Sunday, 29 June 2008
29 Pipiri (June) 2008
"Waiho i te toipoto, Kaua i te toiroa."
Let us keep close together, not far apart.
Explanation by Jason Te Kare
Let us keep close together, not far apart is the meaning of the whakatauki this week, as used by Honouring Theatre in its national tour of Aotearoa (16-27 June) and demonstrated, by Maraea Rakuraku who recorded the group in the days leading up to their opening night in Rotorua.
Kali Kopae, Jamie McCaskill (Actors He Reo Aroha), Hone Kouka (Director) and Kataraina George - Opening night at The Soundshell, Rotorua
Hosting Indigenous theatre troupes from Canada, Australia and Aotearoa a noho marae at playwright Miria George's marae, Kearoa set the tone for the weekend before, a trek of historical landmarks - Te Turi o Hinengawari and Horohoro School, as led by Kaumatua Bob Young.
Wounded Knee lies within the boundaries of Pine Ridge Reservation, in South Dakota and is an example of one of the more horrific encounters between Native Indians and white Americans during the later part of the 19th century. In 1973, it became the site of an occupation led by members of the American Indian Movement (AIM) attracting Indians from across America including a young mi'kmaq woman, Annie Mae Aquash. Aquash became one of the more active and prominent female leaders of the movement until her death in 1975. For over 30 years it was suspected the FBI was responsible, until evidence uncovered in 2003 suggested the contrary. The dynamics leading to Aquash's death are played out in the Canadian production Annie Mae's Movement.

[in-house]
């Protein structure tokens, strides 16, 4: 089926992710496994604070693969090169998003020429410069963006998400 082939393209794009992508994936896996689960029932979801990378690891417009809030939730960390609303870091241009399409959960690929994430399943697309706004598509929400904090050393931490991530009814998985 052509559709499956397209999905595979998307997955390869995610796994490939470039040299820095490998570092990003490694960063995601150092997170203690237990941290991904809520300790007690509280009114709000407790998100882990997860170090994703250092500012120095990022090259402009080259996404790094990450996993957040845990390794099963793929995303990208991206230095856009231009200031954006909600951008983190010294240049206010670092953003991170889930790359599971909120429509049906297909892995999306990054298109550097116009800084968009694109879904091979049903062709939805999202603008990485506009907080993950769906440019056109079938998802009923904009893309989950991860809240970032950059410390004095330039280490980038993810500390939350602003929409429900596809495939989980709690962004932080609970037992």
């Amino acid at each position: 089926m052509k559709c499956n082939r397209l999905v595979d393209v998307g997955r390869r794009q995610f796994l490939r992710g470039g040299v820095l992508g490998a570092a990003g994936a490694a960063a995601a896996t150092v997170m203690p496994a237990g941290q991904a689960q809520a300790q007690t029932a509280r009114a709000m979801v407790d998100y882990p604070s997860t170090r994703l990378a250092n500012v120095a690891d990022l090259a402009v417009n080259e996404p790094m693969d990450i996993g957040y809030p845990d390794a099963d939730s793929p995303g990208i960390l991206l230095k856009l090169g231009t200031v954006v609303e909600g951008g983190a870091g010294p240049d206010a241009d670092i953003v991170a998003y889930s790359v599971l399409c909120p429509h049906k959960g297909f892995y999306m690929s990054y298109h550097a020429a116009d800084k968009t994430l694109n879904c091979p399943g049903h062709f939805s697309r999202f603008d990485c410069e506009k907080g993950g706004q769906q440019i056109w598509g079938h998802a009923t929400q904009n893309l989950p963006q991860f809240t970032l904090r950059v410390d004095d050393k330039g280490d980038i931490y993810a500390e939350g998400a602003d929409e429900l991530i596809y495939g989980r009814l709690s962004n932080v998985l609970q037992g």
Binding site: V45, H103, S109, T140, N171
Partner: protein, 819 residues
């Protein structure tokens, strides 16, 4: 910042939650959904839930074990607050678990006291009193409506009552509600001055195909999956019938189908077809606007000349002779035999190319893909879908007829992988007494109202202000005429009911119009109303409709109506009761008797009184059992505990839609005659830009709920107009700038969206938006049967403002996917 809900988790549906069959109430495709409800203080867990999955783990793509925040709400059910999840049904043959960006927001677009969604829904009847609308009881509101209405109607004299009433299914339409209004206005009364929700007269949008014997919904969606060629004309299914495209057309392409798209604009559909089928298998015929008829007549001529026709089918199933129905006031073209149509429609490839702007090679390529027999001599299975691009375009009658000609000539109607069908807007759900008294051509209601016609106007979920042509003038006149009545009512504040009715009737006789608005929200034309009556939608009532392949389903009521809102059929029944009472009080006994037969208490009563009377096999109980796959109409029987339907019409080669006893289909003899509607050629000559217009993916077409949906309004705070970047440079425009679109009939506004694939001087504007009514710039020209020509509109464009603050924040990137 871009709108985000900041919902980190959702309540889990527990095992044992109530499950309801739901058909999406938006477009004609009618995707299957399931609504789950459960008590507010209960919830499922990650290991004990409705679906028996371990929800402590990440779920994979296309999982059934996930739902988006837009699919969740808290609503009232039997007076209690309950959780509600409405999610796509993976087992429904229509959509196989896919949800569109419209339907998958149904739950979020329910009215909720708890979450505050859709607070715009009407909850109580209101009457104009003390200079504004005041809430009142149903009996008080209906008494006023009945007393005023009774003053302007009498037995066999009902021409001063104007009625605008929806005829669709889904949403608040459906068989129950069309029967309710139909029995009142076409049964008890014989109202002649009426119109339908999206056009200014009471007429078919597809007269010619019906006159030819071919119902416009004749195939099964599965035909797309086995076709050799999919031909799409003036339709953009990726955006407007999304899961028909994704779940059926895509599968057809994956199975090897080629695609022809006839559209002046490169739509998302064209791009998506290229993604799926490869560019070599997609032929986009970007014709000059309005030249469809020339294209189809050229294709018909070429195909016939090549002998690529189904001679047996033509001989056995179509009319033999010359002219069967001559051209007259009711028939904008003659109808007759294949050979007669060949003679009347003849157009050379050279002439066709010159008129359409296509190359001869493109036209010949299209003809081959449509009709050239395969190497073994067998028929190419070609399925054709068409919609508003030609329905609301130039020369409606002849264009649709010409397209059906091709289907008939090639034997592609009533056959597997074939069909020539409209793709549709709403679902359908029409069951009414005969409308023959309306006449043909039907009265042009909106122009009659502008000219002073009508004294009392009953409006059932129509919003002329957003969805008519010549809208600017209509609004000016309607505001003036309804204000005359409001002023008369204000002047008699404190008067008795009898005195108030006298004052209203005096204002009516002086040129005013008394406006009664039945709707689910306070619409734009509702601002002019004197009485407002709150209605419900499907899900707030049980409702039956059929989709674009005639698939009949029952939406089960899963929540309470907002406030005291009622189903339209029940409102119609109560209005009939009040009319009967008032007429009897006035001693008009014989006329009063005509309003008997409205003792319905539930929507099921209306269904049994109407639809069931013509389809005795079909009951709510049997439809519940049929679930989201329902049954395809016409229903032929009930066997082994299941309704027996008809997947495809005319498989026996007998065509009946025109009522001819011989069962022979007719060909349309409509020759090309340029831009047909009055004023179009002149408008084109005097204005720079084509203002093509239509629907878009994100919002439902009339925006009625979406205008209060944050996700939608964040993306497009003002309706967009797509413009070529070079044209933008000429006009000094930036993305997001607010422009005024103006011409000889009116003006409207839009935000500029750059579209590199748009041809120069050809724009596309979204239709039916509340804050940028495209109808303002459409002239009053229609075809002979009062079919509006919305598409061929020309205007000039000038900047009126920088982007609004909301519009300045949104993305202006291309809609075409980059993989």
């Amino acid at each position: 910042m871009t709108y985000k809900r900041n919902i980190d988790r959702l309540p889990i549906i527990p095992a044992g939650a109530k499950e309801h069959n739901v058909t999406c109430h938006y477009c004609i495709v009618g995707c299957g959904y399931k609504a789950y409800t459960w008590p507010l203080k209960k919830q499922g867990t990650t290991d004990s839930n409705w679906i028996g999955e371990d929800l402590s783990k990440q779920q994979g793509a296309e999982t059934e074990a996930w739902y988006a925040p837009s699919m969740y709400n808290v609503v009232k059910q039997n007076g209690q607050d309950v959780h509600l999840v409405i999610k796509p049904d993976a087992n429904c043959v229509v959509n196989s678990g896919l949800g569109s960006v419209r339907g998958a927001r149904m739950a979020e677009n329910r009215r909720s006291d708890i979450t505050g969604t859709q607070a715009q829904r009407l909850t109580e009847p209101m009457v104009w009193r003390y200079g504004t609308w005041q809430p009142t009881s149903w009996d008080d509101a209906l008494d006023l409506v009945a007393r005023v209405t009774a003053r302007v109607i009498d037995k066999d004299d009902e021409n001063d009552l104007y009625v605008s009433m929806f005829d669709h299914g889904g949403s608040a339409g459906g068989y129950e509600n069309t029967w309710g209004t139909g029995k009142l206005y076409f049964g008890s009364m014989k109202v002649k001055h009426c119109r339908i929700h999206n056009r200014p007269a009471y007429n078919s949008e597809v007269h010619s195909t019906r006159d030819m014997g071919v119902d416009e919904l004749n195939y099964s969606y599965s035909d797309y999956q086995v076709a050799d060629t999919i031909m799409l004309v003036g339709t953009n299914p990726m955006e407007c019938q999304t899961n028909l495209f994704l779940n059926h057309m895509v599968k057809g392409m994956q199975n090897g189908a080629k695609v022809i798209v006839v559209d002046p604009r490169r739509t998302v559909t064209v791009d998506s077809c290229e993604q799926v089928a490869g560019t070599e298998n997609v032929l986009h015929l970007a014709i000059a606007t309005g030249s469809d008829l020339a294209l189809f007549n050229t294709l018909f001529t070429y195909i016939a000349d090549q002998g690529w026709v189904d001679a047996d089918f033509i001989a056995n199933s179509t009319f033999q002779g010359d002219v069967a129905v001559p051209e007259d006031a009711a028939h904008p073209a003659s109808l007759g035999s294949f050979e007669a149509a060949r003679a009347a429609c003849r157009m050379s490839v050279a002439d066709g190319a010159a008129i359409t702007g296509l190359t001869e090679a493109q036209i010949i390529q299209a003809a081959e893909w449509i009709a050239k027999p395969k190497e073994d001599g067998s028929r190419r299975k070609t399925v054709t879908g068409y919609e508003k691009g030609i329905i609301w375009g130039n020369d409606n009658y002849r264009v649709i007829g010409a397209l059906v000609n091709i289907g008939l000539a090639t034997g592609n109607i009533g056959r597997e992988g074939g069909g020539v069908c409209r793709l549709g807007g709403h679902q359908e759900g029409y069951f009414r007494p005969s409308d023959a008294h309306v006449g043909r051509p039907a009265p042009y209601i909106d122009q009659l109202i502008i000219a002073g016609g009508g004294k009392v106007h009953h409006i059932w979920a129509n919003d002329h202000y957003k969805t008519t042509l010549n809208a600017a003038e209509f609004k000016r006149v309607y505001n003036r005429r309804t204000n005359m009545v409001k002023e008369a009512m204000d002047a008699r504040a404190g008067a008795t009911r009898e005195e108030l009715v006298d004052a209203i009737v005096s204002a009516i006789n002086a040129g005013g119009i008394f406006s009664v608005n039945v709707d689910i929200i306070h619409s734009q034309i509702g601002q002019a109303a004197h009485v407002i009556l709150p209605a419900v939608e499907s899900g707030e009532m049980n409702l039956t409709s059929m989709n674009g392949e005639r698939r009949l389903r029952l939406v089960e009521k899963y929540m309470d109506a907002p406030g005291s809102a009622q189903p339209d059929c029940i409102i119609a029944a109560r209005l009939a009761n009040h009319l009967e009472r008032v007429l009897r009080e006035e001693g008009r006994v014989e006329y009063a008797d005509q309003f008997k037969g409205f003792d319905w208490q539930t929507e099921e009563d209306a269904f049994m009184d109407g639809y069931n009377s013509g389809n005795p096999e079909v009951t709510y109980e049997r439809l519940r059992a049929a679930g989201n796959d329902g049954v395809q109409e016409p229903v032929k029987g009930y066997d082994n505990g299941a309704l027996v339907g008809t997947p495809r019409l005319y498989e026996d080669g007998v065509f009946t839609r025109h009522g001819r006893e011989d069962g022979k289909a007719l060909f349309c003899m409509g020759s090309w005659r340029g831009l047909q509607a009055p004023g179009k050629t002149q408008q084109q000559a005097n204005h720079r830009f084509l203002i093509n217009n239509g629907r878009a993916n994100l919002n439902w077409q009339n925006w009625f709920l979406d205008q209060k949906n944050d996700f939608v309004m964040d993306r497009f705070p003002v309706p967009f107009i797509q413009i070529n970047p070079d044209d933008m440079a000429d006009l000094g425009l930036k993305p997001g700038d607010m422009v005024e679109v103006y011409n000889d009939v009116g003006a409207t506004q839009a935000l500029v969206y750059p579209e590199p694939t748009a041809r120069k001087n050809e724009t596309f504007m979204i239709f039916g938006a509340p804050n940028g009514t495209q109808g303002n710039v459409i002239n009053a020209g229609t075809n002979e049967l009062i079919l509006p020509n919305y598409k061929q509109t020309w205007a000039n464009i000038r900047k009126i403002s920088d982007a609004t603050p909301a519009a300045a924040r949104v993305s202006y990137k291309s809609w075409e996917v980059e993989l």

Michelle St John (Cree) and Graeme Merke (Metis), actors in Annie Mae's Movement have two very different experiences of being indigenous. Graeme Merke, relates how his physical appearance, blond, blue eyed and white skinned makes for interesting responses especially for directors locked into the stereotypical "Hollywood Indians" model. While Michelle's more 'native' appearance makes her more determined to honour her two grandmothers, one of which is Jewish.
Pure tobacco plays a specific cultural role for Native Indians, as one of the 4 sacred herbs (the others being, sage, cedar and sweet grass) Michelle St John describes the significance of tobacco to her people, before breaking out into a song, Our land, Our Mother written by Pura Fe, and popularised by the Native Indian woman a cappella group Ulali.
Hone Kouka accepting tobacco gifting from Michele St Johnand right, with a gifted blanket.
Jamie McCaskill and Kali Kopae sing a number from the Maori production, He Reo Arohaas composed by Hone Hurihanganui
A prayer by Ulali All my relations closes Te Ahi Kaa.